The Plateau Mont-Royal neighborhood is filled with artists, cafés, shops, restaurants, and nightlife. Wander the streets past charmingly restored townhouses and take the kids ‘up the mountain’ to play and enjoy the wide open spaces and parks of Mont-Royal. This is one of the hippest neighbourhoods in North America with a mix of classic institutions, college vibe, and a flourishing scene of new stores and eateries opening up all around. It’s also got lots of great street art, the perfect backdrop for family photos.
Travelling families looking to enjoy city life like the locals should check out the charming streetscapes and green spaces of Hochelaga-Maisonneuve, or HoMa for short. Visitors know Montréal’s east end for its major attractions, such as the Olympic Stadium and the four Space for Life nature museums. HoMa is where real life happens: people getting on with their day-to-day, going to work, to the market, to school, to the park. This east end community is a thriving urban village with a friendly, small-town feel. Historically, this community was a thriving industrial municipality with a largely francophone (90 percent) working-class neighbourhood that offers a candid glimpse into Montréal’s francophone history.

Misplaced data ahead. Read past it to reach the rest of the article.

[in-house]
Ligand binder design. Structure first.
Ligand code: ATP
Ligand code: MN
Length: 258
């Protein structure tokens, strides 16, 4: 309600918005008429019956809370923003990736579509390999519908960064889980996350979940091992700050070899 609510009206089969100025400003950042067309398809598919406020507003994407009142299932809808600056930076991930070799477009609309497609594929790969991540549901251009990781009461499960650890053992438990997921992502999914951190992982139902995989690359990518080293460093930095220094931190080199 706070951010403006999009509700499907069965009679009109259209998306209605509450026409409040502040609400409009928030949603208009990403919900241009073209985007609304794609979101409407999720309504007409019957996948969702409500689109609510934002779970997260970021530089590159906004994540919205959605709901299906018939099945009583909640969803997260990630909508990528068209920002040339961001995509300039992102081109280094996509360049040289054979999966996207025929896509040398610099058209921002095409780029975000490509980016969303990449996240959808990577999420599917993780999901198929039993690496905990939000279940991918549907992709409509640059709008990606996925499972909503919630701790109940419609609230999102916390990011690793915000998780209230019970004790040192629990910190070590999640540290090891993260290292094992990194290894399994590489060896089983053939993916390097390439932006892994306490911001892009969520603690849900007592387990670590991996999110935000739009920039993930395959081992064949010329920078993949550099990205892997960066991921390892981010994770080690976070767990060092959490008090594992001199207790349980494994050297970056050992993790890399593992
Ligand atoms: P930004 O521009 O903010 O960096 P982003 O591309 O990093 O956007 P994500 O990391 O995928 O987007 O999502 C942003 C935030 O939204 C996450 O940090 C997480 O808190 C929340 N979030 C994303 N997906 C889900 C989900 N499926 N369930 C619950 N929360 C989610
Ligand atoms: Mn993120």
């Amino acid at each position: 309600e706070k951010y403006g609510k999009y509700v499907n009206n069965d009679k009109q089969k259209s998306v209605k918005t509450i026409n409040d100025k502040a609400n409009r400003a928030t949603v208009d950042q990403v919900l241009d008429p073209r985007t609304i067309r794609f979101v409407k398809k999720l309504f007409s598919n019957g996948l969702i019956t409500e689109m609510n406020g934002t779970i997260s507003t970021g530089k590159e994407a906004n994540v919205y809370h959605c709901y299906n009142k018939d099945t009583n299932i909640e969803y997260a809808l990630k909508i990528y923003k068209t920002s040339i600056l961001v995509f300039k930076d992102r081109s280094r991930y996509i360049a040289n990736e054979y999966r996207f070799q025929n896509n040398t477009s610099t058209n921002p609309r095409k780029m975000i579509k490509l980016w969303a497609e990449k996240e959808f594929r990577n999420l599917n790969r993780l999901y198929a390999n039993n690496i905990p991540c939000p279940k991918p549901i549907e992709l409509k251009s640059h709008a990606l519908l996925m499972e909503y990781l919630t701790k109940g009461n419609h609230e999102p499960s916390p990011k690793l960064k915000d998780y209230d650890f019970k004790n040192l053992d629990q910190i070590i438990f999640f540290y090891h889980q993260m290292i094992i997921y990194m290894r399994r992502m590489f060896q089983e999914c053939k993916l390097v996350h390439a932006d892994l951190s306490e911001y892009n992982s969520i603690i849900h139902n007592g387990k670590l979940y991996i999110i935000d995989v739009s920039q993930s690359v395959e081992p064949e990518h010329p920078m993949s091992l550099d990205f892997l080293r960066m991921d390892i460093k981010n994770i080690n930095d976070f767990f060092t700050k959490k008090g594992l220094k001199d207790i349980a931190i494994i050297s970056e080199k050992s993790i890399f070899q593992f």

From the bustling Maisonneuve Market to Promenade Ontario to Sainte-Catherine Street East, the recycled industrial buildings mesh with an eclectic mix of small local businesses, restaurants, cafés, local artisans, and socially-responsible boutiques. There’s no lack of things to do in HoMa, either indoors or out. Maisonneuve Park offers a vast 4-season playground, and Morgan Park with its water fountain, beautiful landscaping and magnificent bandstand is a neighbourhood family favorite. Each summer, Ontario and Sainte-Catherine Street East transform into a festive outdoor venue featuring entertainment and activities for residents and visitors alike. Streets are closed off to traffic, patios are buzzing, sidewalk sales abound and people just come out to experience the HoMa summertime vibe.